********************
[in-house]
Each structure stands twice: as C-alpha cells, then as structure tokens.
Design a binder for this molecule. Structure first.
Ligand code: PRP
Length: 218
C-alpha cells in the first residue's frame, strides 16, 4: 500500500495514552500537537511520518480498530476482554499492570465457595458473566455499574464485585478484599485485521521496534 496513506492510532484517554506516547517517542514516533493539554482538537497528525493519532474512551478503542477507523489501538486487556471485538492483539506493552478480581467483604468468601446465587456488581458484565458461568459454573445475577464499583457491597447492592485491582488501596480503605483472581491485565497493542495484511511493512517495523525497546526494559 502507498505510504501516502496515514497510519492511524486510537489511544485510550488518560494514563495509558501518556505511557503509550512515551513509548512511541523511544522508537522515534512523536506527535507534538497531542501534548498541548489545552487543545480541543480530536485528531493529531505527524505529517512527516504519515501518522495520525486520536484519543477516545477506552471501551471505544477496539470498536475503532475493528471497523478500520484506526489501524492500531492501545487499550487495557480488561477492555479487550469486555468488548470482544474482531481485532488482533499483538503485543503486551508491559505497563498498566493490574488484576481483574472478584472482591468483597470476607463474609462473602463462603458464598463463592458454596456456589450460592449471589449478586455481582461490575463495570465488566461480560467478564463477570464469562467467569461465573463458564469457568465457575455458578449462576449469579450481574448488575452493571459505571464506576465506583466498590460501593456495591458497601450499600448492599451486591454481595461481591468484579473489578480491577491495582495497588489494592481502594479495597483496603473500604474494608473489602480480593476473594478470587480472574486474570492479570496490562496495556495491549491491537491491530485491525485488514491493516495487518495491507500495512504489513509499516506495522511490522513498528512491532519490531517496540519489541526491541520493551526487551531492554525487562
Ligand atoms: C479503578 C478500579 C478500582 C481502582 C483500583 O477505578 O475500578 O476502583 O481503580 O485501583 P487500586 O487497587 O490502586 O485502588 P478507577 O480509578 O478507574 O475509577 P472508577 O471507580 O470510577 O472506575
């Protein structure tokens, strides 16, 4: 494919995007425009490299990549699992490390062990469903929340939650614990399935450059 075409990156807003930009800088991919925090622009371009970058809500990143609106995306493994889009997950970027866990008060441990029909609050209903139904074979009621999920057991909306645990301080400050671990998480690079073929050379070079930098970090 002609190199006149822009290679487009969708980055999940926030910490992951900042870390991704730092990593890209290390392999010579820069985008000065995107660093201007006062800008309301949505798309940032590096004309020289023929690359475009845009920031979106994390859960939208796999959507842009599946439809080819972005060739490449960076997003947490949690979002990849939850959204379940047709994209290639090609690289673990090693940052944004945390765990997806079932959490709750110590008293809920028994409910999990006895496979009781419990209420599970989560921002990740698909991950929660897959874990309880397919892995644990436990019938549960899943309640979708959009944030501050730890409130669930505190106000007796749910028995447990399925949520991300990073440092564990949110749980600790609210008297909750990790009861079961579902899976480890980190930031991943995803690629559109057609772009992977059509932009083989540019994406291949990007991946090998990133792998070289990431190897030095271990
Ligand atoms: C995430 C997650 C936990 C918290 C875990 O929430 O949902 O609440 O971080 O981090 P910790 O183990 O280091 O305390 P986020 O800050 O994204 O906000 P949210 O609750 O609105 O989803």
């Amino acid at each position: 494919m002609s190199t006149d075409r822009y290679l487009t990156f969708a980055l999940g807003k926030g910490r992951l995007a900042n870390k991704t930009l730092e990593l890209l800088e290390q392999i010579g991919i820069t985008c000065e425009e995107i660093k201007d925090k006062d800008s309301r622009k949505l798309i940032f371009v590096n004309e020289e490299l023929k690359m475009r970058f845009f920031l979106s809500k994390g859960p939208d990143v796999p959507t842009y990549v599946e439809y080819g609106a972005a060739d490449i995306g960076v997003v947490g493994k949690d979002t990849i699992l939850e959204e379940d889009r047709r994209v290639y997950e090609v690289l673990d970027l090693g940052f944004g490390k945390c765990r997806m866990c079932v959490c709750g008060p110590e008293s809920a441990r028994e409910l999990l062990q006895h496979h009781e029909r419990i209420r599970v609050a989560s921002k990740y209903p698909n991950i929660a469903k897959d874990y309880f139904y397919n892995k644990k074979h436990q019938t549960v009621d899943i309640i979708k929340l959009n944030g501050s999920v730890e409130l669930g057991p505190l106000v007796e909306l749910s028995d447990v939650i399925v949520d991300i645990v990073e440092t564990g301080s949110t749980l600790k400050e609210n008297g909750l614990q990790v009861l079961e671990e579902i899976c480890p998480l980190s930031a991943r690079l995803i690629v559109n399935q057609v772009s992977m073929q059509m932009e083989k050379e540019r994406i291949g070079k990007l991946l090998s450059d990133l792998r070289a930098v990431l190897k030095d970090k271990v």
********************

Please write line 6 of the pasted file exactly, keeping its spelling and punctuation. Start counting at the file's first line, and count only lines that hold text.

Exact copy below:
C-alpha cells in the first residue's frame, strides 16, 4: 500500500495514552500537537511520518480498530476482554499492570465457595458473566455499574464485585478484599485485521521496534 496513506492510532484517554506516547517517542514516533493539554482538537497528525493519532474512551478503542477507523489501538486487556471485538492483539506493552478480581467483604468468601446465587456488581458484565458461568459454573445475577464499583457491597447492592485491582488501596480503605483472581491485565497493542495484511511493512517495523525497546526494559 502507498505510504501516502496515514497510519492511524486510537489511544485510550488518560494514563495509558501518556505511557503509550512515551513509548512511541523511544522508537522515534512523536506527535507534538497531542501534548498541548489545552487543545480541543480530536485528531493529531505527524505529517512527516504519515501518522495520525486520536484519543477516545477506552471501551471505544477496539470498536475503532475493528471497523478500520484506526489501524492500531492501545487499550487495557480488561477492555479487550469486555468488548470482544474482531481485532488482533499483538503485543503486551508491559505497563498498566493490574488484576481483574472478584472482591468483597470476607463474609462473602463462603458464598463463592458454596456456589450460592449471589449478586455481582461490575463495570465488566461480560467478564463477570464469562467467569461465573463458564469457568465457575455458578449462576449469579450481574448488575452493571459505571464506576465506583466498590460501593456495591458497601450499600448492599451486591454481595461481591468484579473489578480491577491495582495497588489494592481502594479495597483496603473500604474494608473489602480480593476473594478470587480472574486474570492479570496490562496495556495491549491491537491491530485491525485488514491493516495487518495491507500495512504489513509499516506495522511490522513498528512491532519490531517496540519489541526491541520493551526487551531492554525487562